Upendra Varma:

So this, I'm going to ask something very specific, right? So I think you're closing it on 20, 20, have, has any of your customers so far asked you for any certification, security certifications or compliance, like SOP2 or ISO, have they asked you and what was your, uh, you know, take on that, right? So did you

Suresh Madhuvarsu:

Yeah. Yeah. Yeah. So, uh, that's a great point. I think, you know, for any startup, uh, in general, I think, you know, that's a constant battle that everybody goes through. Right. I mean, um, no amount of, um, uh, feature set is going to Make customers happy because it is just there is a constant, uh, things that keep flowing but I think most importantly the security angle the SOP2 compliance is something that people keep asking us and That is something that we will provide at some point of time that is there as part of the roadmap But I mean, for example, if you just see Uh just about this monday, we released the HubSpot integration, right? You know now we are actually part of uh, You HubSpot app marketplace, uh, which is a very great milestone for us. And, uh, that really brings a lot of value for our sales reps where they don't have to, um, double enter the numbers. And then everything comes from, um, HubSpot into sales table. It's a one place, uh, that you have all the data to look into. So those are the kind of, uh, valuable integrations that we will keep building for sure. Uh, and then the next thing is we're actually planning for a salesforce integration for sure, right? So those are the things as and when We actually get the feedback and then we see that there is a value for a lot of our customers We absolutely want to build that but again, we need to understand right at some point of time Every startup, you know, irrespective of whether it is sales stable or not Uh, we need to decide on you have a limited budget limited resource and then you know Where do you want to focus and that's really where I would say there is a constant push and pull.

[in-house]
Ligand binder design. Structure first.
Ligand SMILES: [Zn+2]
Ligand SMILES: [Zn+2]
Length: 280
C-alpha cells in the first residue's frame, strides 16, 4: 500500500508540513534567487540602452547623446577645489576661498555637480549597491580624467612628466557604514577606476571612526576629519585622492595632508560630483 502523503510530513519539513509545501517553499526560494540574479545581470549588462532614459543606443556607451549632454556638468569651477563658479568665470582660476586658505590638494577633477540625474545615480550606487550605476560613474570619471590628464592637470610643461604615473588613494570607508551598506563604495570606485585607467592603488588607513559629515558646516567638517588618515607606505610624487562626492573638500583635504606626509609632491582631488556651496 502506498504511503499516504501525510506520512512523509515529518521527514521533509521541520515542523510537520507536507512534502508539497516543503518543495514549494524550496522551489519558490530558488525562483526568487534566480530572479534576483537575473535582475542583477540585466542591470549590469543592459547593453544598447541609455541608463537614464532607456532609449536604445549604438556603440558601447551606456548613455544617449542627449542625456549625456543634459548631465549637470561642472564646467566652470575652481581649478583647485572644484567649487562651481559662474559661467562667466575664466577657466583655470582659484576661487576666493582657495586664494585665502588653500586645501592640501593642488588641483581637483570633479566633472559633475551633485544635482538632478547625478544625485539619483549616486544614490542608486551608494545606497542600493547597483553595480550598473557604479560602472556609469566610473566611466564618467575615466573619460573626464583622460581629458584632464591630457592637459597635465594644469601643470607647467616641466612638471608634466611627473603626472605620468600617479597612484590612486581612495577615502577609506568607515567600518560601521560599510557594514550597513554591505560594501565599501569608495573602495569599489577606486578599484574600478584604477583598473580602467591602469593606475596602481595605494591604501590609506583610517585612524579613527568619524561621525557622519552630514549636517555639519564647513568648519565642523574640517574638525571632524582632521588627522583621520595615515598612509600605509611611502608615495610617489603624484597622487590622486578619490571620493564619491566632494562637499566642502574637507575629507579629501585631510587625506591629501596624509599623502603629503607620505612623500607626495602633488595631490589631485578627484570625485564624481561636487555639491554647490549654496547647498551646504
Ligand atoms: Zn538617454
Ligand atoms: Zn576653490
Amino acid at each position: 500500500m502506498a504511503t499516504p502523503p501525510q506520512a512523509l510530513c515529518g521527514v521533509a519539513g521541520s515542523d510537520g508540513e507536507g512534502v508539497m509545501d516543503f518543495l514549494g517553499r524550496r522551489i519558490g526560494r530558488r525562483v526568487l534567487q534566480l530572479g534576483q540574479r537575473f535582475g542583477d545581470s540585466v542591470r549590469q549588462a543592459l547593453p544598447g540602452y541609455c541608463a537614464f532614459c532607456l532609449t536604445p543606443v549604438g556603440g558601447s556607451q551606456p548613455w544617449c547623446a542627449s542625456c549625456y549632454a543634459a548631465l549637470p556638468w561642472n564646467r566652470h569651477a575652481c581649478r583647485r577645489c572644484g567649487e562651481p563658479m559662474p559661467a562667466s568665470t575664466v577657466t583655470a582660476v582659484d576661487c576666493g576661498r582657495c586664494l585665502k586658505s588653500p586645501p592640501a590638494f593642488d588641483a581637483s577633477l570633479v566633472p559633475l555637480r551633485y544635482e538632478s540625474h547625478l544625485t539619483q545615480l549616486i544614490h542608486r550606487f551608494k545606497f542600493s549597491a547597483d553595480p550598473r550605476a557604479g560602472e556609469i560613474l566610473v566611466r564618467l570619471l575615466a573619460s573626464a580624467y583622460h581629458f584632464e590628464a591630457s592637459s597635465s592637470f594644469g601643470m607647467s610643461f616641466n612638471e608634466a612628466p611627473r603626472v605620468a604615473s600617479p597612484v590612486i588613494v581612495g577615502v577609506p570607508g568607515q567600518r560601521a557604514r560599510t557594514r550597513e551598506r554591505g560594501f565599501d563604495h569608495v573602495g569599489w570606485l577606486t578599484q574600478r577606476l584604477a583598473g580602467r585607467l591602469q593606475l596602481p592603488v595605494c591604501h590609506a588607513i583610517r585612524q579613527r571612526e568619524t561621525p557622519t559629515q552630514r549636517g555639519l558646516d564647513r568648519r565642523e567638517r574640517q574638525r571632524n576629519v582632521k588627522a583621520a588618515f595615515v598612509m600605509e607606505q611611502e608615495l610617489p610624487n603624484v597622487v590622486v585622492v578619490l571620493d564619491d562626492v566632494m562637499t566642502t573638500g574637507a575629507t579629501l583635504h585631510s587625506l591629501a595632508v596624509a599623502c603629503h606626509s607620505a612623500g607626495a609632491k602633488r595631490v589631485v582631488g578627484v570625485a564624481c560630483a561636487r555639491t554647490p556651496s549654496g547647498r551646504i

Upendra Varma:

Yeah. Absolutely. That makes a lot of sense. Thanks. Thanks for taking the time to talk to me. Hope your scale stays stable to much, much greater heights.

Suresh Madhuvarsu:

Absolutely again um, thanks a lot for asking all the relevant questions, I think That that really got me, you know Started thinking about you know our growth as well. So thanks for that

Upendra Varma:

That, that sounds good. Yeah.

Leave a Reply

Your email address will not be published. Required fields are marked *

Scroll to Top